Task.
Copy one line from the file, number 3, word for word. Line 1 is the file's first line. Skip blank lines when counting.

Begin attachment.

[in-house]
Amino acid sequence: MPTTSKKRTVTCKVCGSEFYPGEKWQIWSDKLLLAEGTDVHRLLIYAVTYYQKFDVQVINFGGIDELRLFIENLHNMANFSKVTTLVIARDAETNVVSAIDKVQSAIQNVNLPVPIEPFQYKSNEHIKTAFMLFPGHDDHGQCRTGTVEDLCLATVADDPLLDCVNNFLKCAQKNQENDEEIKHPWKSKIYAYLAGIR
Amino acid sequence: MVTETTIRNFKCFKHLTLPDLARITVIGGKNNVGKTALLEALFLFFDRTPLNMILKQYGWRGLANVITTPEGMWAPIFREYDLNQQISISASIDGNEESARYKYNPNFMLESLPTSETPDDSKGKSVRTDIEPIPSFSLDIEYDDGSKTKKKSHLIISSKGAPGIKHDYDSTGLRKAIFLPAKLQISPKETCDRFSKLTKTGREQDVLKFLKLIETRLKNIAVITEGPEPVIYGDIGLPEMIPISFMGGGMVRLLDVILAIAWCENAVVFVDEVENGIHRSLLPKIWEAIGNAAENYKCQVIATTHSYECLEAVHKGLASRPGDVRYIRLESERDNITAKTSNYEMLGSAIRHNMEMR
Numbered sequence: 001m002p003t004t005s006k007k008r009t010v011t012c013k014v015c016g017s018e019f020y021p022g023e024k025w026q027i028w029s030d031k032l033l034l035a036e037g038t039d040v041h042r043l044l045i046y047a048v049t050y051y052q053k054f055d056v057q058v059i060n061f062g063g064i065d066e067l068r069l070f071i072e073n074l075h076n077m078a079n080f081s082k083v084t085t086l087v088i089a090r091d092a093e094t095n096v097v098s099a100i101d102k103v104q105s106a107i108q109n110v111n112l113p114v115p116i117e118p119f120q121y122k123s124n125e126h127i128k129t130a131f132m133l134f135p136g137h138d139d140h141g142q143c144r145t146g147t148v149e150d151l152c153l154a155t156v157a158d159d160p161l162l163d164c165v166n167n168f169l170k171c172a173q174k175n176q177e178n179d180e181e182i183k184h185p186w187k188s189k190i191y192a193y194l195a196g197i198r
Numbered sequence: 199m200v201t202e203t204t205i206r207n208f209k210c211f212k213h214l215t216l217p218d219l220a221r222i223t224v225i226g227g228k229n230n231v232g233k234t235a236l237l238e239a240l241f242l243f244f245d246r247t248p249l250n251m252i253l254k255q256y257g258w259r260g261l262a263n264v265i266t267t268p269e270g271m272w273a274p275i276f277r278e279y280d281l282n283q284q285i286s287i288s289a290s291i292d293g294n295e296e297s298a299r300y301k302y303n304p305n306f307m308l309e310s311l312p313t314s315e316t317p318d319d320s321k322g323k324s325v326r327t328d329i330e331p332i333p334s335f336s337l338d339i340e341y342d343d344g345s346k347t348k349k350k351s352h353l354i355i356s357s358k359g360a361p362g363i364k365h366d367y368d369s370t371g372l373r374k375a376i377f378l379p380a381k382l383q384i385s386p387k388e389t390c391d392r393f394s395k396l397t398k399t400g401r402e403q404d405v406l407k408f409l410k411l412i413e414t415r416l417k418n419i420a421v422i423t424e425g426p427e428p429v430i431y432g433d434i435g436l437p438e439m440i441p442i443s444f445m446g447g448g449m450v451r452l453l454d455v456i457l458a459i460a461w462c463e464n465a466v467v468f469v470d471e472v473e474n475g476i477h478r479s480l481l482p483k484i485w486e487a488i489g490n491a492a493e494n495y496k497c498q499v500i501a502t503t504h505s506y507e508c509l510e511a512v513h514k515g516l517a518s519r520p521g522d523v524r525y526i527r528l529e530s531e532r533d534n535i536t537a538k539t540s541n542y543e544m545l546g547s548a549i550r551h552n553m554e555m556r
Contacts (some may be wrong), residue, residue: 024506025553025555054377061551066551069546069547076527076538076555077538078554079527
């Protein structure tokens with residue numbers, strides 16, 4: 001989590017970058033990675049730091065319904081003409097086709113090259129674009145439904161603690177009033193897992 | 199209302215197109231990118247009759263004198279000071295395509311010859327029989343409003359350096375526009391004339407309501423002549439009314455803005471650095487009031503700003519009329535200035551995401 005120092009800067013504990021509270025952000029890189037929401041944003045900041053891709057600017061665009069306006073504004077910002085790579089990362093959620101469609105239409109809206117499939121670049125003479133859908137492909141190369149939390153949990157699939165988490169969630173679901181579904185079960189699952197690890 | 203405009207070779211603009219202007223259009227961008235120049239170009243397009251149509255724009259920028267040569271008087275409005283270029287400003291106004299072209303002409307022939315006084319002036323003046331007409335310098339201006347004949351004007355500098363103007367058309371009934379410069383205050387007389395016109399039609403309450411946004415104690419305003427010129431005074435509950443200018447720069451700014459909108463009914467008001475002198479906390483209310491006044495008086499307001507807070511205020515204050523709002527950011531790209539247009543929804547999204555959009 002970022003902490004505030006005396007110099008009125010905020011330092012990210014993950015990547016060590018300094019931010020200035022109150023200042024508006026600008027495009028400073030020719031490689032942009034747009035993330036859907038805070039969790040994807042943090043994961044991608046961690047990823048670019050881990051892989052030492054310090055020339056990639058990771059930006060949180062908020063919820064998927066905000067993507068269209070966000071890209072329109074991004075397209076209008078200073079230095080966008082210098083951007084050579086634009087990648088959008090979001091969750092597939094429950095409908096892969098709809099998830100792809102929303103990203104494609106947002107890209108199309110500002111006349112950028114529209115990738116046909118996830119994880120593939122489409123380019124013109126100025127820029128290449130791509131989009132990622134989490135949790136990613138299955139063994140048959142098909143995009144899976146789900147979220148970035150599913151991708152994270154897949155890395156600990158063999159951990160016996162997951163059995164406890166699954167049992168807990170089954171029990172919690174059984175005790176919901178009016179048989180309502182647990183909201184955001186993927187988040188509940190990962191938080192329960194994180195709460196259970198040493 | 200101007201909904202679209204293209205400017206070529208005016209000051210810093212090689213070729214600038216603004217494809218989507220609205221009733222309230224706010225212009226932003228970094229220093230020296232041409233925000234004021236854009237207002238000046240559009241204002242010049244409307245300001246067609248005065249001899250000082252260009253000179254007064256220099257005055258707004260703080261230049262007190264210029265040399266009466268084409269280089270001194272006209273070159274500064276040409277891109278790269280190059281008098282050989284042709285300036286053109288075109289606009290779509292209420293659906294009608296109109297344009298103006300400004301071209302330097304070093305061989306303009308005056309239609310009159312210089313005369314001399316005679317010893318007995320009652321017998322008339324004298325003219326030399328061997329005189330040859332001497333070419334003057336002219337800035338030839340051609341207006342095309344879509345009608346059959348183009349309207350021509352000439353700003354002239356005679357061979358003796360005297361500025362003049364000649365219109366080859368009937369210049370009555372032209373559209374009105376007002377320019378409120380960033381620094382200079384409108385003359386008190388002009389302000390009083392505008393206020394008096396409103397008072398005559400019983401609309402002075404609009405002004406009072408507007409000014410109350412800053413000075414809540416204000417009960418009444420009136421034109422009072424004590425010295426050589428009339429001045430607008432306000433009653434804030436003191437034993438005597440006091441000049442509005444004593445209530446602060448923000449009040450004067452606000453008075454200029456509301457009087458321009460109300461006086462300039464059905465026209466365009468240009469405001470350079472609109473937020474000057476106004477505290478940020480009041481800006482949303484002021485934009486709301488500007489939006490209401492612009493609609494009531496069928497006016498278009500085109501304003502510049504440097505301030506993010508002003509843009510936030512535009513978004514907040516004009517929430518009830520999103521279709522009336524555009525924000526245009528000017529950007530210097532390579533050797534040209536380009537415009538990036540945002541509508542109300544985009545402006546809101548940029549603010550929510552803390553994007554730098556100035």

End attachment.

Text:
Amino acid sequence: MVTETTIRNFKCFKHLTLPDLARITVIGGKNNVGKTALLEALFLFFDRTPLNMILKQYGWRGLANVITTPEGMWAPIFREYDLNQQISISASIDGNEESARYKYNPNFMLESLPTSETPDDSKGKSVRTDIEPIPSFSLDIEYDDGSKTKKKSHLIISSKGAPGIKHDYDSTGLRKAIFLPAKLQISPKETCDRFSKLTKTGREQDVLKFLKLIETRLKNIAVITEGPEPVIYGDIGLPEMIPISFMGGGMVRLLDVILAIAWCENAVVFVDEVENGIHRSLLPKIWEAIGNAAENYKCQVIATTHSYECLEAVHKGLASRPGDVRYIRLESERDNITAKTSNYEMLGSAIRHNMEMR